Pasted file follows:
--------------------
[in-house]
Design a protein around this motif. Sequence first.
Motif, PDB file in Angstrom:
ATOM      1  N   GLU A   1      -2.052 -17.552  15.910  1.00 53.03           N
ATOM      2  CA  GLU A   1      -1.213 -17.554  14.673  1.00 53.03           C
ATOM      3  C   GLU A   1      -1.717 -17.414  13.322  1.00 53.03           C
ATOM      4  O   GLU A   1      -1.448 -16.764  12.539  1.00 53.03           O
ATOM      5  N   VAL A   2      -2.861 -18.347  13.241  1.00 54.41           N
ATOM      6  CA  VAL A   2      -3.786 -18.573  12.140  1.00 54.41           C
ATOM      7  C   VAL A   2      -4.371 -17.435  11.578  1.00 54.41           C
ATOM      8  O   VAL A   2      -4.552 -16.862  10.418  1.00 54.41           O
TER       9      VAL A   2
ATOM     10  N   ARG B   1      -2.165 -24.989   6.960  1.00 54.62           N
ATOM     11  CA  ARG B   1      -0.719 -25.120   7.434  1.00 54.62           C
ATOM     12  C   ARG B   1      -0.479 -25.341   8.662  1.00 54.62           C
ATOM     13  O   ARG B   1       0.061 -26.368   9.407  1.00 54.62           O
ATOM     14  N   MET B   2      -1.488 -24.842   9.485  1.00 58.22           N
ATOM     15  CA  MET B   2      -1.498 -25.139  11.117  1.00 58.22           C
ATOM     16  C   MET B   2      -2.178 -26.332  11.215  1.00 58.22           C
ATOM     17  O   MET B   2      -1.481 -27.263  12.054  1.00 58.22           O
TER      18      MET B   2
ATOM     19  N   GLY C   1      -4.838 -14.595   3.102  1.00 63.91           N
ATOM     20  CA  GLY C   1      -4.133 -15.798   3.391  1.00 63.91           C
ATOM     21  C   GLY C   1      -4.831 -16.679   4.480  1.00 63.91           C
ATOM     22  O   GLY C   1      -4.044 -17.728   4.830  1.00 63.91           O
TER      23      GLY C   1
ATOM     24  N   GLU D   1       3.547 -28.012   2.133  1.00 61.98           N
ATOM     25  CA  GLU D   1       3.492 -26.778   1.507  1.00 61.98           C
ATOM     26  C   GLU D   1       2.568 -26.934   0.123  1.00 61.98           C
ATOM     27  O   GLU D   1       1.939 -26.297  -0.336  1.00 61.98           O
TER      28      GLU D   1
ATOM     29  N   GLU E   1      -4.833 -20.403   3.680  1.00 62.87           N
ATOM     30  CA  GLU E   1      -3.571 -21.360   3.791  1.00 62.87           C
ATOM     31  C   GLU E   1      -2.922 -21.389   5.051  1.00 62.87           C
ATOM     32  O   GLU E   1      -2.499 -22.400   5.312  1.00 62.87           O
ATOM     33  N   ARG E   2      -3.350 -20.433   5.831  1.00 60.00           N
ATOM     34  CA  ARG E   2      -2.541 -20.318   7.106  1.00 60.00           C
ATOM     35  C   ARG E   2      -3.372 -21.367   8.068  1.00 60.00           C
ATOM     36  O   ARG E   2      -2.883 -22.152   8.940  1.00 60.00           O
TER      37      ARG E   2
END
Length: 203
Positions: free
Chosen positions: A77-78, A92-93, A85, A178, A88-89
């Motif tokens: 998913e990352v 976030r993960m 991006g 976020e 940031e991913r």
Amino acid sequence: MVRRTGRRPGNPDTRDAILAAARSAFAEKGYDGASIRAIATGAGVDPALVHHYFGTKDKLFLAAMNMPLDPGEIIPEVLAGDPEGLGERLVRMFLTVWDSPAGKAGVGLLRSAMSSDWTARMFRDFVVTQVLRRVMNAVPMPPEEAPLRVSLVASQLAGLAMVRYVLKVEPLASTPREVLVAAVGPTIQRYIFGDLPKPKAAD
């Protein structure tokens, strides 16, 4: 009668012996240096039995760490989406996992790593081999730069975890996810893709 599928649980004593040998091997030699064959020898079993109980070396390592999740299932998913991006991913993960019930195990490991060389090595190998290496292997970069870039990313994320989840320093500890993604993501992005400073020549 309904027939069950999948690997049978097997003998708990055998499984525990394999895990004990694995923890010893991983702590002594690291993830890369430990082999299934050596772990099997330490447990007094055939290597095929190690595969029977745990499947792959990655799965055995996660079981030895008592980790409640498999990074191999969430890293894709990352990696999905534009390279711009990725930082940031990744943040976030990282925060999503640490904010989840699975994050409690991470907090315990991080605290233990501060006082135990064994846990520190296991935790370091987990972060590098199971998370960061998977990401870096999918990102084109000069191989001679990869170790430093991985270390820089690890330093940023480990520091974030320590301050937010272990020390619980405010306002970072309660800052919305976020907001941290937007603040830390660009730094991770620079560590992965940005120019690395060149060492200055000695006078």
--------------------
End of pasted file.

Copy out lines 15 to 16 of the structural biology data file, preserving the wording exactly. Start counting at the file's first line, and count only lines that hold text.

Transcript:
ATOM     12  C   ARG B   1      -0.479 -25.341   8.662  1.00 54.62           C
ATOM     13  O   ARG B   1       0.061 -26.368   9.407  1.00 54.62           O